By TBY | Costa Rica | Feb 28, 2018
Thanks to a decades-old policy of actively courting foreign investment, Costa Rica has tax and legal frameworks that encourage free trade and the movement of capital.
Costa Rica’s position as one of Latin America’s greatest success stories over the past few decades comes thanks to two things: heavy social investment that has raised access to healthcare and education to create a well-educated populace, and trade policies that have leveraged this social stability and workforce expertise to form new ties with major markets. Foreign investment has powered the nation’s industrial and tourism sector; Costa Rica has 11 industrial free trade zones (FTZs), where firms receive tax breaks and economic incentives to manufacture export goods. As of 2016, the country’s free trade zone regime employed more than 80,000 people directly and accounted form more than USD3.1 billion in net benefits. The Costa Rican government has formed a well-regarded set of regulations around these zones and other areas of foreign investment that has prioritized the rights of investors and created new hotbeds of development.
Costa Rica’s free trade regime is governed by Law 7210, passed in November 1990. This legislation laid the groundwork for free trade zones by setting the export and investment requirements needed to establish operations to the zone. PROCOMER, Costa Rica’s Foreign Trade Promotion agency, is the regulatory body in charge of the FTZ regime, and all applications for access run through this body. The basic structure of the FTZ law has remained largely unchanged since its inception, but Costa Rica made some modifications in an Executive Decree that went into effect in early 2017.
Currently, FTZ applicants must export at least 75% of their goods and invest at least USD150,000 of assets within an FTZ or USD2 million outside an FTZ. FTZ companies receive 100% customs duty and tax exemptions on imported raw materials, machinery, and other supplies needed for manufacturing, and a 100% exemption on local taxes on local capital taxes. Firms also receive a property tax waiver that applies for 10 years past the date of commencing operations in Costa Rica. Depending on the specific FTZ a company is located in, it receives an income tax exemption for either 8 or 12 years, followed by a 50% exemption for another four years. The benefits of the FTZ are restricted to manufacturing firms; services sector firms can set up operations in a FTZ to take advantage of the cluster of industry in the area but do not receive tax exemptions. The regulatory changes made in 2017 primarily concerned the scale of FTZs; by lowering the minimum size of a FTZ park from 10,000sqm to 1,000sqm, the Costa Rican government hopes to incentivize the creation of new, more focused clusters better suited to the needs of the high-tech manufacturing industry.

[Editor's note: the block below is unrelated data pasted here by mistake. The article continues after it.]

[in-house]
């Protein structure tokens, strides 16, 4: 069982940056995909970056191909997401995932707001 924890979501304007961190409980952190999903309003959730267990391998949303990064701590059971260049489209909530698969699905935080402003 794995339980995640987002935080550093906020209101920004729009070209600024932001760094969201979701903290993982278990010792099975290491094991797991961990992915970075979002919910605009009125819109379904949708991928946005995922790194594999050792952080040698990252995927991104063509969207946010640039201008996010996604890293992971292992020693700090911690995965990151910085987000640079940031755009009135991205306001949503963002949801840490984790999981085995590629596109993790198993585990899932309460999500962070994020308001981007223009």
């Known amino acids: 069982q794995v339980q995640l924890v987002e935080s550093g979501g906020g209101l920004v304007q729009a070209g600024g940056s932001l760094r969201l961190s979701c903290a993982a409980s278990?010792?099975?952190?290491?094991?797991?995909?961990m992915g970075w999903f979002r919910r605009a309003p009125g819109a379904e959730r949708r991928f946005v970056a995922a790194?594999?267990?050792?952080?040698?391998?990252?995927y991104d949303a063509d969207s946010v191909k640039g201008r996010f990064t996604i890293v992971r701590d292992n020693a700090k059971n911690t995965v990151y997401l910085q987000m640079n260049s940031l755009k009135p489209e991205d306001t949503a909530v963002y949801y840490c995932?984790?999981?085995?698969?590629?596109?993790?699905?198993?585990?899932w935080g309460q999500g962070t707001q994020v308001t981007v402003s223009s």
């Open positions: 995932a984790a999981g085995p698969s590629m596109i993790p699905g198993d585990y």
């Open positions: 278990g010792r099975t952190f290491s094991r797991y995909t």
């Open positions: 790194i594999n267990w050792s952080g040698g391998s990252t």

Costa Rica has built up a deep stable of free trade agreements over the past few decades. It became a member of the US-backed Caribbean Basin Initiative in the mid-1980s; in 2000, this became the Caribbean Basin Trade Partnership, which granted Costa Rica and 24 other countries duty-free trade regimes for textiles and other manufacturing goods. Today, the countries with which Costa Rica has trade agreements represent two-thirds of the world’s GDP. It has also been a member of the World Trade Organization since 1995 and has drawn praise for liberal regulations in line with global standards.
Outside of the FTZ regime, Costa Rica has few restrictions on FDI. The standard corporate tax rate is 30%, though lower rates apply to companies that are below a certain size. Capital gains are usually not taxable, but the Costa Rica has a number of withholding taxes on non-FTZ corporations, including dividend and interest taxes. Corporations are also required to contribute 26.33% of its gross wages to social security to help fund Costa Rica’s renowned public health system. Costa Rica uses a civil law system to govern commercial transactions, but several of its bilateral trade agreements call for disputes involving foreign firms to be resolved through international arbitration. The nation’s legal system is widely respected, though slow in some cases and there have been complaints that enforcement of international laws concerning intellectual property and local property rights codes have been spotty.